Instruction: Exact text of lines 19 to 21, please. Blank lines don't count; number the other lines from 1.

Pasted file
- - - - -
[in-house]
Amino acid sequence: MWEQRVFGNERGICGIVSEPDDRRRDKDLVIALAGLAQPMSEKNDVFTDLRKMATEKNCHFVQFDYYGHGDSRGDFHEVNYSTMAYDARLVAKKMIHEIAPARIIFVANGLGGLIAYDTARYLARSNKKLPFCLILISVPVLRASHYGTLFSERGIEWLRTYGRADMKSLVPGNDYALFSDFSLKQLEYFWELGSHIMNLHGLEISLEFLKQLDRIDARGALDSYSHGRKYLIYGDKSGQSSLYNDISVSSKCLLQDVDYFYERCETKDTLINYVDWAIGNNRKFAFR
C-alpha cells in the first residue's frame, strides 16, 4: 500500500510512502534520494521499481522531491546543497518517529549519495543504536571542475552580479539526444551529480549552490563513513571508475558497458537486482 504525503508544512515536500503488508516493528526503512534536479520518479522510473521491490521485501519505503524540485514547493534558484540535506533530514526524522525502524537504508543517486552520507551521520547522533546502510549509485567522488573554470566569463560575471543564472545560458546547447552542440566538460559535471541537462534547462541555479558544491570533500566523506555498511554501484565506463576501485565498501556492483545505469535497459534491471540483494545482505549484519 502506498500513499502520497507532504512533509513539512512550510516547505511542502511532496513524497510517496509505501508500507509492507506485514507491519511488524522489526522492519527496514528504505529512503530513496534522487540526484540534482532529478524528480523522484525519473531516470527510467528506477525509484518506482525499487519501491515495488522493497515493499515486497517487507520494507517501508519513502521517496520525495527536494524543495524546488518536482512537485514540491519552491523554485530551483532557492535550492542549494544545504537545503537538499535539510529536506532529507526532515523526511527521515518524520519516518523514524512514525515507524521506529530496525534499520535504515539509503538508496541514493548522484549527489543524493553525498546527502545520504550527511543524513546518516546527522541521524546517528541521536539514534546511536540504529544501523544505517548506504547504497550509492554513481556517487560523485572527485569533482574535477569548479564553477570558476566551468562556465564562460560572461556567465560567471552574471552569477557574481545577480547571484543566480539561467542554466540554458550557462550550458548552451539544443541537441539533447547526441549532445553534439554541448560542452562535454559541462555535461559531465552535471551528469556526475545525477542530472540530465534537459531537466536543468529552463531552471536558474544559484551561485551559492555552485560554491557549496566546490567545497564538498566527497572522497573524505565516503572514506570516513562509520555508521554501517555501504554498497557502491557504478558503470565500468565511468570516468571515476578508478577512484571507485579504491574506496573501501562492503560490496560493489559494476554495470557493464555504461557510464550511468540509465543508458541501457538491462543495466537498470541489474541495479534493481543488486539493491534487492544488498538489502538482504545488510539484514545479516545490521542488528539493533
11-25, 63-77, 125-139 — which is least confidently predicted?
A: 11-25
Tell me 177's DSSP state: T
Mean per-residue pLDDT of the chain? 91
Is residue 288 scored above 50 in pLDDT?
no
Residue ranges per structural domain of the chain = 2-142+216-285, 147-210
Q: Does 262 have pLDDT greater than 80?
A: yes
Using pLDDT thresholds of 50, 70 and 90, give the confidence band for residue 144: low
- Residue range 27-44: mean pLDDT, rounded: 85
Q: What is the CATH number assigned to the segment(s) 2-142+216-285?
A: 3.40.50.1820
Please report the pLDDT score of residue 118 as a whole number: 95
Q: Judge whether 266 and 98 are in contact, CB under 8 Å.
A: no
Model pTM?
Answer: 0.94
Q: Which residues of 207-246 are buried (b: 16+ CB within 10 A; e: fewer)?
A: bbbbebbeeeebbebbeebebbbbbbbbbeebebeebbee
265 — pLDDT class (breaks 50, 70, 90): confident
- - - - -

A: no
Model pTM?
Answer: 0.94